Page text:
Café Tortoni, located at 825 Avenida de Mayo, in the City of Buenos Aires, Argentina. Its name almost certainly comes from what was at the end of the 19th century the famous Café Tortoni in Paris. For almost a century, the Buenos Aires-Argentine Tortoni Café is the most representative of the traditional spirit of the said Avenida de Mayo, and is already a legend of the city of Buenos Aires. The most popular literary club in Buenos Aires, led by the painter Benito Quinquela Martín, worked in this café.
Today it is still a quintessential place for cultural and tourist dissemination.
This bar belongs to the select group of notable bars in the City of Buenos Aires, a group that brings together the most representative bars and cafes in the city and is officially supported by programs of the Government of the City of Buenos Aires.
La Peña del Tortoni
“La Peña“, inaugurated in 1926, worked in the café, which promoted the protection of arts and letters until its disappearance in 1943, and which was led by Benito Quinquela Martín.
It was an idea that Quinquela Martín acquired on a trip through France and decided to put into practice in his country, where friends and colleagues who enjoyed good conversation did not have an adequate space to meet. This “peña” had been born in the La Cosechera café (Peru street and Avenida de Mayo) and then moved to the Tortoni tables. As the place became small over time, Curutchet offered the wine cellar so they could meet more comfortably and moved the winery to another location. Thus the “peña”, called now People and Arts Association, was inaugurated on May 24, 1926 and carried out tasks of cultural dissemination through concerts, recitals, conferences, and debates.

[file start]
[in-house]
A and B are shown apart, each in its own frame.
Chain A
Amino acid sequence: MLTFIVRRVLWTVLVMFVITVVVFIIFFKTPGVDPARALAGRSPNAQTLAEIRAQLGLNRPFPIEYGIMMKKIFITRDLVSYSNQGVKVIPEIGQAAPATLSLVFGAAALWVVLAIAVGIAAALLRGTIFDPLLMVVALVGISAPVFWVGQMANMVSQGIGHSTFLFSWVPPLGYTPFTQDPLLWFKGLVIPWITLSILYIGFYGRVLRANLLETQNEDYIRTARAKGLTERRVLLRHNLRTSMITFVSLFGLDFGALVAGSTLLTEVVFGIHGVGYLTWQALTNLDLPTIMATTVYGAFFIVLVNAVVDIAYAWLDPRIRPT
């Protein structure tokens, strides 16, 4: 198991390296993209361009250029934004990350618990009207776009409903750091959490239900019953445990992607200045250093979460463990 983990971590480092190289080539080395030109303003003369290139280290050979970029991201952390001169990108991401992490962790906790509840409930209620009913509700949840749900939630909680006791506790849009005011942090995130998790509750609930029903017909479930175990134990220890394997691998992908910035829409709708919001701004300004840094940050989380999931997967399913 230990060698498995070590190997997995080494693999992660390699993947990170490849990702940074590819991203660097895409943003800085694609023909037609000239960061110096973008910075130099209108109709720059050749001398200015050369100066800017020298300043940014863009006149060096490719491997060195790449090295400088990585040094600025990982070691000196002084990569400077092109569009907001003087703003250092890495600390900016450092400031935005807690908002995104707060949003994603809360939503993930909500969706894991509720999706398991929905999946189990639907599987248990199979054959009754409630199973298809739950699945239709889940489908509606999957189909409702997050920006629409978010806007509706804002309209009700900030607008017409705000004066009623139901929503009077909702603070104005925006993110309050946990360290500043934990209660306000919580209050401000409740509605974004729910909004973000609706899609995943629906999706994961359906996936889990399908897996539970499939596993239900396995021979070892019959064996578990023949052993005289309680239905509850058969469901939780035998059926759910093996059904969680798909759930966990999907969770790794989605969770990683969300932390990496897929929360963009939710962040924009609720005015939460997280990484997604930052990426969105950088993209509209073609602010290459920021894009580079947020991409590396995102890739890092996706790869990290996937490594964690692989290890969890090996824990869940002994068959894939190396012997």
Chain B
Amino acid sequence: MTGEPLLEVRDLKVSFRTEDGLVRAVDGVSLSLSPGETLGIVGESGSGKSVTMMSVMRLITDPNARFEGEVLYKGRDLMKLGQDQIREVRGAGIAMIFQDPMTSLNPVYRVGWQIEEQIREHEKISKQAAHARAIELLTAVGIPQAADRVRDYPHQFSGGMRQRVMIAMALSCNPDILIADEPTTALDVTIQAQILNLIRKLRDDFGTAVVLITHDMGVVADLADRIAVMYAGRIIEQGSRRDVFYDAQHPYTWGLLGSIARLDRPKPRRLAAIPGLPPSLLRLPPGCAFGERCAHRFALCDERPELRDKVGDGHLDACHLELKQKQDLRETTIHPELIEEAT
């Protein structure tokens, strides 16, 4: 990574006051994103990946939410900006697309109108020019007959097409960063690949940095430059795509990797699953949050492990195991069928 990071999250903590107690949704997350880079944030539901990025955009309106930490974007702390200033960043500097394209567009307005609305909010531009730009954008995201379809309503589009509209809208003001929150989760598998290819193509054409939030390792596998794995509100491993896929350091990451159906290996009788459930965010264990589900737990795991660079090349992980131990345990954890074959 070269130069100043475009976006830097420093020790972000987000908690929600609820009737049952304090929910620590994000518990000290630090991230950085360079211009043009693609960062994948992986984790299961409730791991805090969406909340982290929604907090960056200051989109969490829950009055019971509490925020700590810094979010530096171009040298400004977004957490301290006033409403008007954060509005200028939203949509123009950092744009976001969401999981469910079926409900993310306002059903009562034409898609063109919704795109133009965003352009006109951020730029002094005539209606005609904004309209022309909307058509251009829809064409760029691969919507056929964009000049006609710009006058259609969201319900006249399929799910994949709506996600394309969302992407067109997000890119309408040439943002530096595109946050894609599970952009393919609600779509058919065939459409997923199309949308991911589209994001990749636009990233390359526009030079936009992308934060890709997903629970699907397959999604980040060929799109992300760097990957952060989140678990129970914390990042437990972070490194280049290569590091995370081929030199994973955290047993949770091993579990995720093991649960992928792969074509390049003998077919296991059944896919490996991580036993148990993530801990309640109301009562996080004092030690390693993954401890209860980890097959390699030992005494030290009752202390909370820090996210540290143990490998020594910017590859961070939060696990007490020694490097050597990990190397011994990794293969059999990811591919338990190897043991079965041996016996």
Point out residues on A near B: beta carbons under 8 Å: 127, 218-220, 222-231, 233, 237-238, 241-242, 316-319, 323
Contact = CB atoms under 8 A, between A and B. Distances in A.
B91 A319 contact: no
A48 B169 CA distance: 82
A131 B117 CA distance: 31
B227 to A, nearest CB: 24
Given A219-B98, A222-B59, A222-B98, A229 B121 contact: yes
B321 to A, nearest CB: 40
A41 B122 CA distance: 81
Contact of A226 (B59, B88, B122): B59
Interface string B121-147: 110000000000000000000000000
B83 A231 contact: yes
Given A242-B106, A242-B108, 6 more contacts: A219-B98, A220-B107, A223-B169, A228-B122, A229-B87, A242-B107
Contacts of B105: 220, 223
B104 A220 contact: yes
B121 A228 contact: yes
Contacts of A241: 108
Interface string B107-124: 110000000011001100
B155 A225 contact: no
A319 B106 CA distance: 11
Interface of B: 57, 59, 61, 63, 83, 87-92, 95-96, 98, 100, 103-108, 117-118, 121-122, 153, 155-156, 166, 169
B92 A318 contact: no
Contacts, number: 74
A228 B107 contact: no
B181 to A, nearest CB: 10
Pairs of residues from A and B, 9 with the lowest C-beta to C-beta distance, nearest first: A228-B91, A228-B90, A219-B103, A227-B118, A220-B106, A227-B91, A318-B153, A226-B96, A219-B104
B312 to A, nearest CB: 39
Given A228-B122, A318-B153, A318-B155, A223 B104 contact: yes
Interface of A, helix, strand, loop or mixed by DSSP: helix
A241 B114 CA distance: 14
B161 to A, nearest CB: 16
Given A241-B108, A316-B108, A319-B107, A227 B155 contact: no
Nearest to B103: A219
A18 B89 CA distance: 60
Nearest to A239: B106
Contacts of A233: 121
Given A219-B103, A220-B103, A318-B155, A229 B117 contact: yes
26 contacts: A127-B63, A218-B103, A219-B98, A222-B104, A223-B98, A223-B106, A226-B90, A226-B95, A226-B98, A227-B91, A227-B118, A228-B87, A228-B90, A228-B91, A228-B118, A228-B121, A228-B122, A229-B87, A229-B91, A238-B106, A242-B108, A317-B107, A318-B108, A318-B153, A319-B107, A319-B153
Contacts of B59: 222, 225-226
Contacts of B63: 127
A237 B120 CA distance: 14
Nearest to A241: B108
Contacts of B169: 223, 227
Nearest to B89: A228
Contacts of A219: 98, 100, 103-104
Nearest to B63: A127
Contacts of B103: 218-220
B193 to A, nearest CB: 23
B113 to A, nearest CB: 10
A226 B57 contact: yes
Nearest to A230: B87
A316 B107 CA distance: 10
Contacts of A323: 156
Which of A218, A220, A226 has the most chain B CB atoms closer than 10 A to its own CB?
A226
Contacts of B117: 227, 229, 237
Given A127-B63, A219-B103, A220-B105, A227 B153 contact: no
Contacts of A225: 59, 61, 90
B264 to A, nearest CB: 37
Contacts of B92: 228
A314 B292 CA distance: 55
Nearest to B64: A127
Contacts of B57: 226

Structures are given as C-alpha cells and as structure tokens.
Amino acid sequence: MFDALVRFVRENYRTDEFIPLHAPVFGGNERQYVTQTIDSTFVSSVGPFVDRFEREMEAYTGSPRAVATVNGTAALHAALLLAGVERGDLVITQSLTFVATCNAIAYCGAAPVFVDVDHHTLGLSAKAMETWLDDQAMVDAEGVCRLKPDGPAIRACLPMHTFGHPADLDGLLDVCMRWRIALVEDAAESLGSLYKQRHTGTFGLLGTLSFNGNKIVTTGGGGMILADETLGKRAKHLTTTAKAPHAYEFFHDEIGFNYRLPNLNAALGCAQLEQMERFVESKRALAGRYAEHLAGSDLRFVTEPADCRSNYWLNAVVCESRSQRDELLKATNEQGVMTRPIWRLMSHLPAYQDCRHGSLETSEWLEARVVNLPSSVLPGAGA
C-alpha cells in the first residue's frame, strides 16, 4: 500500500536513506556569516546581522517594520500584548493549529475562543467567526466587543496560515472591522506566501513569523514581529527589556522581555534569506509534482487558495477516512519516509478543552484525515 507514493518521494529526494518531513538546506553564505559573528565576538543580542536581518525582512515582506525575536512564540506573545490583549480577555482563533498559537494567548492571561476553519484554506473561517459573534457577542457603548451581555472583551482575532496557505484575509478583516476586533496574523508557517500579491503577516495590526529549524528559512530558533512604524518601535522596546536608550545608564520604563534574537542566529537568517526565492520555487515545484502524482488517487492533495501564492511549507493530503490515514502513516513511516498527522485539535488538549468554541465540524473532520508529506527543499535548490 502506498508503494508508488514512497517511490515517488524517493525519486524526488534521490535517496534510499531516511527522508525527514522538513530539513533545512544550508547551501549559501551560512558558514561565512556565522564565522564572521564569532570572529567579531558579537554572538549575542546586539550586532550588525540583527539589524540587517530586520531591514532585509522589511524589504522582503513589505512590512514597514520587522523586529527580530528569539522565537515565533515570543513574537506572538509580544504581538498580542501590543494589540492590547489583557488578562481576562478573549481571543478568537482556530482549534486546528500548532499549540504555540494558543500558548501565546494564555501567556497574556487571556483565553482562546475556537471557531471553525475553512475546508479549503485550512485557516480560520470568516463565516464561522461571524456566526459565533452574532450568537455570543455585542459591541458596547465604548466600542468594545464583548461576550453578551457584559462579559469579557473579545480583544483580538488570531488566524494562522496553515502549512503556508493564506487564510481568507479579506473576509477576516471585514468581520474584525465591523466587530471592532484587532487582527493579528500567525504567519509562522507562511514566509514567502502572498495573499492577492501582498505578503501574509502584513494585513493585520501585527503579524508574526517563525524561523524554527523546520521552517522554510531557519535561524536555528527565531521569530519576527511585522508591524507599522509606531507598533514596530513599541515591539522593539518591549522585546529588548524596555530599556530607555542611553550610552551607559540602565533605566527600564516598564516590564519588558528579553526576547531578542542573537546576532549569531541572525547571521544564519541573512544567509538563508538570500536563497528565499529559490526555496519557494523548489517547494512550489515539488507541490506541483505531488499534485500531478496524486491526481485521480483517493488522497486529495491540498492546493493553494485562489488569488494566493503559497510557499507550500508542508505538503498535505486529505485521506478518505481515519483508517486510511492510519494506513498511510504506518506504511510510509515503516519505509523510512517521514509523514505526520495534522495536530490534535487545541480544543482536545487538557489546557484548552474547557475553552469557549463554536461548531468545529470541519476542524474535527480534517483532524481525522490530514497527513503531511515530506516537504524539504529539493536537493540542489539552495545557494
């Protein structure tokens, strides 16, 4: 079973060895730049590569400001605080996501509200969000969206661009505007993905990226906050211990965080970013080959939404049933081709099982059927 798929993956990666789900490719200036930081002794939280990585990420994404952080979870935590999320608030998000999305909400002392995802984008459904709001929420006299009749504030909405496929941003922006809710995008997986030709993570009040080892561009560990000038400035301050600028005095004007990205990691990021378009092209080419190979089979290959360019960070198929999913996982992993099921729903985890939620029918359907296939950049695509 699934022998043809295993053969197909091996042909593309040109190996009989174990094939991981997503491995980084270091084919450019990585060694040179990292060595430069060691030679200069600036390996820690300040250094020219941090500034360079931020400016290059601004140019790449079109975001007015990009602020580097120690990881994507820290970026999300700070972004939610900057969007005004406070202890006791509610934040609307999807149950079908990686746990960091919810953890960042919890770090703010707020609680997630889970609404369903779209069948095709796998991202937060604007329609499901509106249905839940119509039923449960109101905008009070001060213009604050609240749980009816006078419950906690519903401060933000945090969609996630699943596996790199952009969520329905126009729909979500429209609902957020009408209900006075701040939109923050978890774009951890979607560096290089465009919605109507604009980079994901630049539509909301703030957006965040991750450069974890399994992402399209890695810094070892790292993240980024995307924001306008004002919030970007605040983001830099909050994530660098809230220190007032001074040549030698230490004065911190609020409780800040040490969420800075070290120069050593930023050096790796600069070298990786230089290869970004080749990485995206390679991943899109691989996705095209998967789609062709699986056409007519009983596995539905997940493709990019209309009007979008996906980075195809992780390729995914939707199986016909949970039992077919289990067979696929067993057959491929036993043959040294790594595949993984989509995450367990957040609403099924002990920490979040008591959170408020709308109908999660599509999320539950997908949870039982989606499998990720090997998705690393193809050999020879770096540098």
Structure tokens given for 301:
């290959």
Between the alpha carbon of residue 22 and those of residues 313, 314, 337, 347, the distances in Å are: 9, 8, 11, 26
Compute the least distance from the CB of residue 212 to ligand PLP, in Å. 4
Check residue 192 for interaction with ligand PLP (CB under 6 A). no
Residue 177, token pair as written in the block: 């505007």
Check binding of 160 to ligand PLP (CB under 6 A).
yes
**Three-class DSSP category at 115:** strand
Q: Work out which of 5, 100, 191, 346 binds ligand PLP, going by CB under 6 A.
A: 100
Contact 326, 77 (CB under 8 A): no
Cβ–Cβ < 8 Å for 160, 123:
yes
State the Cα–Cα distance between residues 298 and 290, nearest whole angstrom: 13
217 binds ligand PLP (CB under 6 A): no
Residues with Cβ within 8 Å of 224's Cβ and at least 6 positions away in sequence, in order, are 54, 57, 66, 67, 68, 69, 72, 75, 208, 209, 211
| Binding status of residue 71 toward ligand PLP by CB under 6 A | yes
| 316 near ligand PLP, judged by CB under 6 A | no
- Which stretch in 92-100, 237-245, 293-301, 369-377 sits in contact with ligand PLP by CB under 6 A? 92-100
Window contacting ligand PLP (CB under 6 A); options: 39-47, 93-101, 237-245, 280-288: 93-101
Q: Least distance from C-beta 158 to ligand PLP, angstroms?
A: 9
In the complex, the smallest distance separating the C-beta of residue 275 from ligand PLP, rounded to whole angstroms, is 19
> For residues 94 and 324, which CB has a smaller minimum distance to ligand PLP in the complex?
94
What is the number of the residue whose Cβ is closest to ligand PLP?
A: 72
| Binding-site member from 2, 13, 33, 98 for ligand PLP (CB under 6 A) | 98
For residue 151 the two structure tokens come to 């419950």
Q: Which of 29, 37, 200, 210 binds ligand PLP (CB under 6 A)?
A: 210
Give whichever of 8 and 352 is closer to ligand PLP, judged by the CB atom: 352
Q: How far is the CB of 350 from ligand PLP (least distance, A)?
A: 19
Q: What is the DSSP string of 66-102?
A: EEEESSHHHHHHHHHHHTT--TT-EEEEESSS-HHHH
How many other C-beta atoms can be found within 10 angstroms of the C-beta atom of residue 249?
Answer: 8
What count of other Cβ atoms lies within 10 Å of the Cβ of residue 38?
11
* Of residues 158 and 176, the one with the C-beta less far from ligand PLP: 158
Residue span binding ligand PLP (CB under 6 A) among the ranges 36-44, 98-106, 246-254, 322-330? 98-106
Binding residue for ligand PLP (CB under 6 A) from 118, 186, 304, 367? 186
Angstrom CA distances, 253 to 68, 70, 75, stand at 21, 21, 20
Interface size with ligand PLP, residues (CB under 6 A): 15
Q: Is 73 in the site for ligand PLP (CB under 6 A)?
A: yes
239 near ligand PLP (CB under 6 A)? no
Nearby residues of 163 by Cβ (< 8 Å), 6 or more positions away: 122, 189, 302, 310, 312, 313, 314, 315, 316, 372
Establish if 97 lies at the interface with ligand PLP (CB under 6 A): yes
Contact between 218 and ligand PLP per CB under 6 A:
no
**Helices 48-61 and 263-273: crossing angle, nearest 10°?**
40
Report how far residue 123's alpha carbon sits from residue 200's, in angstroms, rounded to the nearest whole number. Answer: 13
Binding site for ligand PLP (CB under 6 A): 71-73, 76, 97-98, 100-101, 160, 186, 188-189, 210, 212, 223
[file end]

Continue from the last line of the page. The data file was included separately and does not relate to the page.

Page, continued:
Among the attendees were, among others, Alfonsina Storni, Baldomero Fernández Moreno, Juana de Ibarbourou, Arthur Rubinstein, Conrado Nalé Roxlo, Antonio Bermúdez Franco, Ricardo Viñes, Roberto Arlt, José Ortega y Gasset, Jorge Luis Borges and Florencio Molina Campos. The tables saw political figures pass by like Lisandro de la Torre, Ernesto Palacio and Marcelo Torcuato de Alvear; popular figures such as Carlos Gardel (who once sang a tango in honor of the Italian author Luigi Pirandello, who had just lectured at La Bodega) and Juan Manuel Fangio; prestigious international figures such as Albert Einstein and Federico García Lorca; and heads of state such as Juan Carlos de Borbón.
When the group closed in 1943, the proceeds from the sale of the furniture (including a Steinway piano in which Arthur Rubinstein, Alejandro Brailowsky, Lía Cimaglia Espinosa and Héctor Panizza played) were used to obtain the granite with which Luis Perlotti made the monument to Alfonsina Storni in Mar del Plata, buy furniture for recreation in Tigre where Leopoldo Lugones died and erect a monument to the memory of Fernando Fader in Mendoza.
Carlos Gardel, in addition to singing twice in the café, was for a time a regular at the place. According to Enrique Cadícamo’s testimony, he used to occupy the table on the right side next to the window entering Rivadavia, where he could meet friends without being approached by his admirers.